Well, finally. A little niche-r favorite Crypt of the NecroDancer has received an update after a 5-year hiatus. And, while it’s not entirely a content-focused update, it does provide (everyone’s favorite) quality-of-life improvements. Crypt of the NecroDancer is a top-down roguelike rhythm game that was first released on PC in 2015, followed by console releases over the next few years. However, there has not been any update to the game since early 2018, when a new zone, boss, and characters were added with the Amplified prequel expansion. Now, we are receiving an overhaul of several key systems, from Steam Deck support to an easier “No Beat” mode.
As Crypt of the NecroDancer gameplay relies on matching each action with the beats of the increasingly complex soundtrack (lovingly dubbed “Spookhouse Rock”), the addition of a “No Beat” mode allows players to take an easier stroll through the procedurally-generated dungeons. This feature looks to be accessible to all characters. Additionally, the developers have added a “save and quit” feature that allows players to suspend their games mid-run, rather than having to play to the end of a zone in order to save progress. Further, suspended runs can now be added to several leaderboards: Deathless, Story, and All-Characters.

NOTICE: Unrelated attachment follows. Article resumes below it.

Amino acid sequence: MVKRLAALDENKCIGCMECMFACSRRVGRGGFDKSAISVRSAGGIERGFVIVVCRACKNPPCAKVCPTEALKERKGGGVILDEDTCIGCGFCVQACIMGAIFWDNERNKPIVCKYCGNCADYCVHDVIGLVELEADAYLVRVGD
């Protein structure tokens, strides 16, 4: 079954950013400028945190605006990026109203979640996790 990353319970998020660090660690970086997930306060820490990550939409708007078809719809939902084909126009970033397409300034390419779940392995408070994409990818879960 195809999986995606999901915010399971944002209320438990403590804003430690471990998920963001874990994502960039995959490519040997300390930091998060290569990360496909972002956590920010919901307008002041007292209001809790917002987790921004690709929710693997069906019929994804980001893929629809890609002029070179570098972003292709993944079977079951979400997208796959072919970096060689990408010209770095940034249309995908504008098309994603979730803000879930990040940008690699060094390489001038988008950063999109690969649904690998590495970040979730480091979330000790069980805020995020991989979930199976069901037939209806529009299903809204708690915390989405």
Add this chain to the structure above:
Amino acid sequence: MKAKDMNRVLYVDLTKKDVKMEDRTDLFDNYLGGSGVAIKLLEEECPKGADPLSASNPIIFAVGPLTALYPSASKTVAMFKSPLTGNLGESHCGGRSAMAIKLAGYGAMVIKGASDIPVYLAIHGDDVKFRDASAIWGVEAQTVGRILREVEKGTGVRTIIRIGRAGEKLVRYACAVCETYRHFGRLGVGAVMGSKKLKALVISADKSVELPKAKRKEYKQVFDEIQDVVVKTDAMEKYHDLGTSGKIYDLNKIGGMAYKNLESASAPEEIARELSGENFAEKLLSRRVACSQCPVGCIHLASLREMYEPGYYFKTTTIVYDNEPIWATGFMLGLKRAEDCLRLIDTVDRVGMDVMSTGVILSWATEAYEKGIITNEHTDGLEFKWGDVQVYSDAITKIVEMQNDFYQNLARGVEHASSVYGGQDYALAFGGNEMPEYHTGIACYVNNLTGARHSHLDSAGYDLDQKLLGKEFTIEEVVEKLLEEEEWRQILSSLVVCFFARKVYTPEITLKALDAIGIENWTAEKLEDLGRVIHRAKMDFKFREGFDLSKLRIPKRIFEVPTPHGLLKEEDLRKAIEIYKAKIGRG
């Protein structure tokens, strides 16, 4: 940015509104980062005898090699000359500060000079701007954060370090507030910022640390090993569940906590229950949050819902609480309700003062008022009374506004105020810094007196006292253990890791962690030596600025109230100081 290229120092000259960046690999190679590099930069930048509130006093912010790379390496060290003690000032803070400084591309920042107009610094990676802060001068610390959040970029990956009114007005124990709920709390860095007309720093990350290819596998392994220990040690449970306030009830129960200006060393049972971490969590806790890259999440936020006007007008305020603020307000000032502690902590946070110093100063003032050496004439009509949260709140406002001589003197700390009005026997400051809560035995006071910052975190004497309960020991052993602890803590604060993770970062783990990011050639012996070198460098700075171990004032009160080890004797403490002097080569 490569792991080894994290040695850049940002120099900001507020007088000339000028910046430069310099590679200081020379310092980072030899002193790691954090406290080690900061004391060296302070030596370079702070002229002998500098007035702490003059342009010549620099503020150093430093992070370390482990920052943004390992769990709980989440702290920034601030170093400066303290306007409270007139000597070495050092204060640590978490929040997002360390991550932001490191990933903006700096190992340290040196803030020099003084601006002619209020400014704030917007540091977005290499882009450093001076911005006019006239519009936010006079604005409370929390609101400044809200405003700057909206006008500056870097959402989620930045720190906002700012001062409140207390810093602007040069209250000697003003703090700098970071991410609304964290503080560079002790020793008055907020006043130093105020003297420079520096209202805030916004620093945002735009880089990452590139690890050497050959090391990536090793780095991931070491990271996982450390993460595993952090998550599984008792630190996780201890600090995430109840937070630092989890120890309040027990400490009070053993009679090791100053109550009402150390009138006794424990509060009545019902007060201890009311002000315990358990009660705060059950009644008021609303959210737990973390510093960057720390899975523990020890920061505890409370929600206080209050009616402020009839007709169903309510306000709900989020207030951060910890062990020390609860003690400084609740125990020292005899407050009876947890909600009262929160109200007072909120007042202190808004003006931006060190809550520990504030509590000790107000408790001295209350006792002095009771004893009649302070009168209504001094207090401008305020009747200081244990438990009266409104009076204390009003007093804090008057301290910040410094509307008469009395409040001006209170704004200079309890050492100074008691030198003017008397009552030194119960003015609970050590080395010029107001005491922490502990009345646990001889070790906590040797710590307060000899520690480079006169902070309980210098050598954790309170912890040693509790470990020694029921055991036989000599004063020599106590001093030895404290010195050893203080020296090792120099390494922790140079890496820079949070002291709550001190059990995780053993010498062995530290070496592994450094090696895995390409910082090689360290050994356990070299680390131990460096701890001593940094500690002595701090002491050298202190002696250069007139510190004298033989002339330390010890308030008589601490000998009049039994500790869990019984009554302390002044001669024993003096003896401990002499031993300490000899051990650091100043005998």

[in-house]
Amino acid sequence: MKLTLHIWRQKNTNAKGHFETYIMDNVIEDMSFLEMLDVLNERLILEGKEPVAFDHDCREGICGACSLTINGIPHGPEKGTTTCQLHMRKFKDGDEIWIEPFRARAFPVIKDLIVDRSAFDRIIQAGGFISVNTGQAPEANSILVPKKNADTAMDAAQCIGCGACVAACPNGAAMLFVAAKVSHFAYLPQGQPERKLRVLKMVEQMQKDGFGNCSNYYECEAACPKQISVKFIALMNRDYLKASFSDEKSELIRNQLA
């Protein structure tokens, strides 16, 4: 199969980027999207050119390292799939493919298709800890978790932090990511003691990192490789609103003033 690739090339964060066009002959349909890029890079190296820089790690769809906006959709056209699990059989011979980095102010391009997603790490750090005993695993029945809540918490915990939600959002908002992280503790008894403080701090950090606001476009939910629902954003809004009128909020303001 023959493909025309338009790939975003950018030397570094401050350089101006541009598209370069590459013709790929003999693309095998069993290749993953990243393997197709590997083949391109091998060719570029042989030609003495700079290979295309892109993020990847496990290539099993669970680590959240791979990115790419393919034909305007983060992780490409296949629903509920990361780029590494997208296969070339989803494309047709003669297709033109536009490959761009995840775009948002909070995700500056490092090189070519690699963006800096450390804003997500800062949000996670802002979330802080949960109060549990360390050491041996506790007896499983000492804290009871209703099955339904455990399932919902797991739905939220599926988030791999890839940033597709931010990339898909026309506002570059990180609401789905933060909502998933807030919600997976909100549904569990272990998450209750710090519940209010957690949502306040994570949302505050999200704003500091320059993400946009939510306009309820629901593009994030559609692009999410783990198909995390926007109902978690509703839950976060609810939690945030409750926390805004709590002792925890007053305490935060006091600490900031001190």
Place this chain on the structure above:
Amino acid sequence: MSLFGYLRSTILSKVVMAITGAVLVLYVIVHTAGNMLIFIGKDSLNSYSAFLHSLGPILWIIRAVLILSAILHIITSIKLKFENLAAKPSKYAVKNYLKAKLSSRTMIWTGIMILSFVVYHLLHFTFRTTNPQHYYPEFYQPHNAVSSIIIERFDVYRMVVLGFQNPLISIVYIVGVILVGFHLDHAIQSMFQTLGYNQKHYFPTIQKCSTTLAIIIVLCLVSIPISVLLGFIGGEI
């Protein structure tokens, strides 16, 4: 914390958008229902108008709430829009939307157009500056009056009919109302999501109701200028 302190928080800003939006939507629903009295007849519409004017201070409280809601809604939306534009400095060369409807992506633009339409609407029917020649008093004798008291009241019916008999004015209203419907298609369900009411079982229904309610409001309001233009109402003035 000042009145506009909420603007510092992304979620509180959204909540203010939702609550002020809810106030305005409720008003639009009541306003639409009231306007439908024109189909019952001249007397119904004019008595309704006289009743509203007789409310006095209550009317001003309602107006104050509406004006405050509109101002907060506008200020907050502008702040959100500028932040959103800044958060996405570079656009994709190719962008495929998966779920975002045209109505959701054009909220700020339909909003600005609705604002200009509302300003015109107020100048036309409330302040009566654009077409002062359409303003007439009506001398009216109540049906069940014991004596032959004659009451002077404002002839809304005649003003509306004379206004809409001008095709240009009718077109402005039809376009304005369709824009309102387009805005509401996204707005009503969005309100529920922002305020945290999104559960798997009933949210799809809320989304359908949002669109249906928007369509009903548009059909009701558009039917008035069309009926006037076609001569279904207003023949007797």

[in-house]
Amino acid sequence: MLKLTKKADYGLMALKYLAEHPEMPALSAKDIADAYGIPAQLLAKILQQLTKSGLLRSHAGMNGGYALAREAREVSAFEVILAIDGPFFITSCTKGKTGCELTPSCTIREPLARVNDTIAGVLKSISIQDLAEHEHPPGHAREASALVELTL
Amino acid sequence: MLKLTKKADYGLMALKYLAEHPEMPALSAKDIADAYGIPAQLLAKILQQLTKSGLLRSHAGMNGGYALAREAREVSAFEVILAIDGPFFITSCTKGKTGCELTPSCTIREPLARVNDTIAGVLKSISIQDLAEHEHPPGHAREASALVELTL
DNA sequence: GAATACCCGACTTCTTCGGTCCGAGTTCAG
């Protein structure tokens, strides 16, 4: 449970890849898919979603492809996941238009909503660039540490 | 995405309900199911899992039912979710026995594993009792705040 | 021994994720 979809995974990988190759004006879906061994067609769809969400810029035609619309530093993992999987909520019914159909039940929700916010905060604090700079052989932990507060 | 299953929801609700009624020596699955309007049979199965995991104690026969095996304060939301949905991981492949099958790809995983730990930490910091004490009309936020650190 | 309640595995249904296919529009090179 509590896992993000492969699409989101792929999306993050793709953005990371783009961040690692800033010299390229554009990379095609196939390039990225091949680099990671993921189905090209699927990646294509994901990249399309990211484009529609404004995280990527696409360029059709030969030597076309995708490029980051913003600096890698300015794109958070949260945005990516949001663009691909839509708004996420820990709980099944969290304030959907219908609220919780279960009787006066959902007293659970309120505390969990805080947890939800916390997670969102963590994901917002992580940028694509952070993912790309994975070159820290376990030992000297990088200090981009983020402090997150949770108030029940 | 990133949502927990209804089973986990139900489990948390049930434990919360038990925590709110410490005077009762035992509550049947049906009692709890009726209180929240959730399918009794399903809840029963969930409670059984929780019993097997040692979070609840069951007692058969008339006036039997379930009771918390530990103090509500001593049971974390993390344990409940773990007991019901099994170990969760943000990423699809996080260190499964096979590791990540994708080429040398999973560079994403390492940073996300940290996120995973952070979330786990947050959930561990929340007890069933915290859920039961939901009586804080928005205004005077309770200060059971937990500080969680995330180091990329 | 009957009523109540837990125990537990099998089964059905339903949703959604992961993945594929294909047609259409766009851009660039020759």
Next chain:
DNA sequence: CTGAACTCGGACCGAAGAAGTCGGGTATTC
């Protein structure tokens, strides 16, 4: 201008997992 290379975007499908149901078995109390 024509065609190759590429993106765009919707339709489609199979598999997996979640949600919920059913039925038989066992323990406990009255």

While there are some new features coming with this update, as well as some fixes to known bugs and desync issues, a majority of this update focuses more on the player’s interaction and integration with the game. A big boost for the game’s longevity, a custom-level editor, is coming to Crypt of the NecroDancer, giving players and modders a variety of tools to make their own dungeons. Players will now be armed with improved controls allowing for more customized mapping; a custom music system overhaul; a new mod loader and menus; and of course, the new level editor’s own integrated tools and more customizable hotkeys, which have received a sizable upgrade. Finally, the developers have optimized the game to a more lax system requirement, allowing for better streaming of in-game resources and faster load times.
Overall, the changes may not be the flashiest for fans expecting a DLC or expansion, but they will certainly prolong the game’s lifespan, especially for passionate players who are still investing time in the game 7 years later.